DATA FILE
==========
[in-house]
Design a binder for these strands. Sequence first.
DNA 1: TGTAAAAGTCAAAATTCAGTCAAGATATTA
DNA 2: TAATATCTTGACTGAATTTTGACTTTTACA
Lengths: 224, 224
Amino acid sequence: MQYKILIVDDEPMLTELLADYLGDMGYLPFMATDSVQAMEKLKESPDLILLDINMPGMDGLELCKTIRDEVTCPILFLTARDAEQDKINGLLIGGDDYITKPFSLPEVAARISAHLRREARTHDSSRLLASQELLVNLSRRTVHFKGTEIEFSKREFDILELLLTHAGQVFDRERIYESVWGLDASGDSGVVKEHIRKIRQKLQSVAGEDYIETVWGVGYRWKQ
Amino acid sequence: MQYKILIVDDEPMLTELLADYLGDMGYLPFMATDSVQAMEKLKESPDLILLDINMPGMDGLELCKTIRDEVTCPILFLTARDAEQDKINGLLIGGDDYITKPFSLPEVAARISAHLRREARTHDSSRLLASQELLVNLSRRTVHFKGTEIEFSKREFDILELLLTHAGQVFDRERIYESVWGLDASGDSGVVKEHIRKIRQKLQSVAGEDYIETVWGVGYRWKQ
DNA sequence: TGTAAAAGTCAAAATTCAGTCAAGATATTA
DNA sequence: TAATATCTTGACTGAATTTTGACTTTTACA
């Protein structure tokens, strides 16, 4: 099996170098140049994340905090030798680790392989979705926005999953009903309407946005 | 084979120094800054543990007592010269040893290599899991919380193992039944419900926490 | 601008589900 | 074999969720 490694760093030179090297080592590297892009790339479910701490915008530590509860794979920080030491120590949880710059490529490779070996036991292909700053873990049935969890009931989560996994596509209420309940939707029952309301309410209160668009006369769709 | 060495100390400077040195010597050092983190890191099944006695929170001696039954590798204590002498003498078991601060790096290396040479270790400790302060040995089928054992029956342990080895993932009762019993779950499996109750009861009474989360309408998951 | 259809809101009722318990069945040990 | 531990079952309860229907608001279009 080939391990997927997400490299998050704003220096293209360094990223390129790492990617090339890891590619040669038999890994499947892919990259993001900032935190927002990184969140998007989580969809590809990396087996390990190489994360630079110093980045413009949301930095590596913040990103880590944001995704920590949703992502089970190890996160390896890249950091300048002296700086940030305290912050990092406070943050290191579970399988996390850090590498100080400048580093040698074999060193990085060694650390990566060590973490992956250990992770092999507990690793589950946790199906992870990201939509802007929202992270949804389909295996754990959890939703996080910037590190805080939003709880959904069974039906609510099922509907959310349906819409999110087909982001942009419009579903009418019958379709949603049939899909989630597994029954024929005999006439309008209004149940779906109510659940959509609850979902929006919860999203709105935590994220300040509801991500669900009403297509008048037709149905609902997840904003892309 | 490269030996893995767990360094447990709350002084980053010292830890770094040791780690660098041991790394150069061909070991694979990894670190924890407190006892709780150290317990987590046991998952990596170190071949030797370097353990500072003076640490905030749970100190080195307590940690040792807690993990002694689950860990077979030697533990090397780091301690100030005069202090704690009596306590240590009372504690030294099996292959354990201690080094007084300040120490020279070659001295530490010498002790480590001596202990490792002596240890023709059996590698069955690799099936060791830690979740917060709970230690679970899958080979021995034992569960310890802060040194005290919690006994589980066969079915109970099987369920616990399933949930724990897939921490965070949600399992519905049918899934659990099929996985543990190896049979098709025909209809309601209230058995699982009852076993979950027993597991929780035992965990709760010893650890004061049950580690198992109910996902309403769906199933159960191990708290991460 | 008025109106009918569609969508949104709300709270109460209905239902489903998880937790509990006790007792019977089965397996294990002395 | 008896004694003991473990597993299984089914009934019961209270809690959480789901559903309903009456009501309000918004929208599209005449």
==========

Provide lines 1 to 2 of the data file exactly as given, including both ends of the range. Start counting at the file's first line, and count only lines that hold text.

[in-house]
Design a binder for these strands. Sequence first.